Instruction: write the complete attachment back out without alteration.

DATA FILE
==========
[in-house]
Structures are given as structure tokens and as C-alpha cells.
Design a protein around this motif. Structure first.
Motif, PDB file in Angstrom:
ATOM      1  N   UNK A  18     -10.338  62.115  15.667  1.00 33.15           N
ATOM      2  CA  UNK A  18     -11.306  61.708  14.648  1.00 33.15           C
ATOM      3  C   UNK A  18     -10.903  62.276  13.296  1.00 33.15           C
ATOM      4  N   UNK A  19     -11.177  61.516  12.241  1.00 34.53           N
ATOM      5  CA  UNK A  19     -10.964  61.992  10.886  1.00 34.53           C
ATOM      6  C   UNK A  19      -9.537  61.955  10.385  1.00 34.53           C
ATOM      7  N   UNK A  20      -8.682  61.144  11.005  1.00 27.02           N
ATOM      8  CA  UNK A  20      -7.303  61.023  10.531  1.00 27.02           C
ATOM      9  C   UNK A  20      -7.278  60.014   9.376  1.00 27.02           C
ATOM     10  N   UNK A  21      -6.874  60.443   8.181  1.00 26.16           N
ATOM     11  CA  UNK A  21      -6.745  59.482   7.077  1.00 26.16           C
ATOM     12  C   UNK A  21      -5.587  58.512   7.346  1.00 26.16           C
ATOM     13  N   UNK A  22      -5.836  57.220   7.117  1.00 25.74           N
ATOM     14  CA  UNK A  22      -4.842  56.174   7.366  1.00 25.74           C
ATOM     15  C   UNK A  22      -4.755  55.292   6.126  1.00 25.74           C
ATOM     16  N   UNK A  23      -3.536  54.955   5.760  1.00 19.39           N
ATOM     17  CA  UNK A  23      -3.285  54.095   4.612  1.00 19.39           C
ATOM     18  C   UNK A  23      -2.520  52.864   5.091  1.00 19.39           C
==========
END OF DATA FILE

[in-house]
Structures are given as structure tokens and as C-alpha cells.
Design a protein around this motif. Structure first.
Motif, PDB file in Angstrom:
ATOM      1  N   UNK A  18     -10.338  62.115  15.667  1.00 33.15           N
ATOM      2  CA  UNK A  18     -11.306  61.708  14.648  1.00 33.15           C
ATOM      3  C   UNK A  18     -10.903  62.276  13.296  1.00 33.15           C
ATOM      4  N   UNK A  19     -11.177  61.516  12.241  1.00 34.53           N
ATOM      5  CA  UNK A  19     -10.964  61.992  10.886  1.00 34.53           C
ATOM      6  C   UNK A  19      -9.537  61.955  10.385  1.00 34.53           C
ATOM      7  N   UNK A  20      -8.682  61.144  11.005  1.00 27.02           N
ATOM      8  CA  UNK A  20      -7.303  61.023  10.531  1.00 27.02           C
ATOM      9  C   UNK A  20      -7.278  60.014   9.376  1.00 27.02           C
ATOM     10  N   UNK A  21      -6.874  60.443   8.181  1.00 26.16           N
ATOM     11  CA  UNK A  21      -6.745  59.482   7.077  1.00 26.16           C
ATOM     12  C   UNK A  21      -5.587  58.512   7.346  1.00 26.16           C
ATOM     13  N   UNK A  22      -5.836  57.220   7.117  1.00 25.74           N
ATOM     14  CA  UNK A  22      -4.842  56.174   7.366  1.00 25.74           C
ATOM     15  C   UNK A  22      -4.755  55.292   6.126  1.00 25.74           C
ATOM     16  N   UNK A  23      -3.536  54.955   5.760  1.00 19.39           N
ATOM     17  CA  UNK A  23      -3.285  54.095   4.612  1.00 19.39           C
ATOM     18  C   UNK A  23      -2.520  52.864   5.091  1.00 19.39           C